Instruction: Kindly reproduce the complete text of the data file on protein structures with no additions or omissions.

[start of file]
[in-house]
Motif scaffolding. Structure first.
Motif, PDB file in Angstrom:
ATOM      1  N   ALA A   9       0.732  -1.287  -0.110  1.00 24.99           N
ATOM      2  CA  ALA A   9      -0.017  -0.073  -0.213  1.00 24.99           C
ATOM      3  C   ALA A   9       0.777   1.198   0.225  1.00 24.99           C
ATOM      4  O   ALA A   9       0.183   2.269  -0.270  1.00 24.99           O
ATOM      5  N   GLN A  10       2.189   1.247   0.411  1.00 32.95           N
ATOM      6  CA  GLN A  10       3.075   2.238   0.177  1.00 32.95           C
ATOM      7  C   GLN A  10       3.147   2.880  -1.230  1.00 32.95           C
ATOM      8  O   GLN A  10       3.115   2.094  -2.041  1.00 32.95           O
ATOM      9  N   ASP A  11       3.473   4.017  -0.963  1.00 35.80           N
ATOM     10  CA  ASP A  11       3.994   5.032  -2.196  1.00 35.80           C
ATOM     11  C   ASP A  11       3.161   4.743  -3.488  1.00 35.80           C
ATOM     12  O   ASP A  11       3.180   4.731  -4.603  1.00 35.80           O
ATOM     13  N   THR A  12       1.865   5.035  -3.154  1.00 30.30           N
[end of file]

[in-house]
Motif scaffolding. Structure first.
Motif, PDB file in Angstrom:
ATOM      1  N   ALA A   9       0.732  -1.287  -0.110  1.00 24.99           N
ATOM      2  CA  ALA A   9      -0.017  -0.073  -0.213  1.00 24.99           C
ATOM      3  C   ALA A   9       0.777   1.198   0.225  1.00 24.99           C
ATOM      4  O   ALA A   9       0.183   2.269  -0.270  1.00 24.99           O
ATOM      5  N   GLN A  10       2.189   1.247   0.411  1.00 32.95           N
ATOM      6  CA  GLN A  10       3.075   2.238   0.177  1.00 32.95           C
ATOM      7  C   GLN A  10       3.147   2.880  -1.230  1.00 32.95           C
ATOM      8  O   GLN A  10       3.115   2.094  -2.041  1.00 32.95           O
ATOM      9  N   ASP A  11       3.473   4.017  -0.963  1.00 35.80           N
ATOM     10  CA  ASP A  11       3.994   5.032  -2.196  1.00 35.80           C
ATOM     11  C   ASP A  11       3.161   4.743  -3.488  1.00 35.80           C
ATOM     12  O   ASP A  11       3.180   4.731  -4.603  1.00 35.80           O
ATOM     13  N   THR A  12       1.865   5.035  -3.154  1.00 30.30           N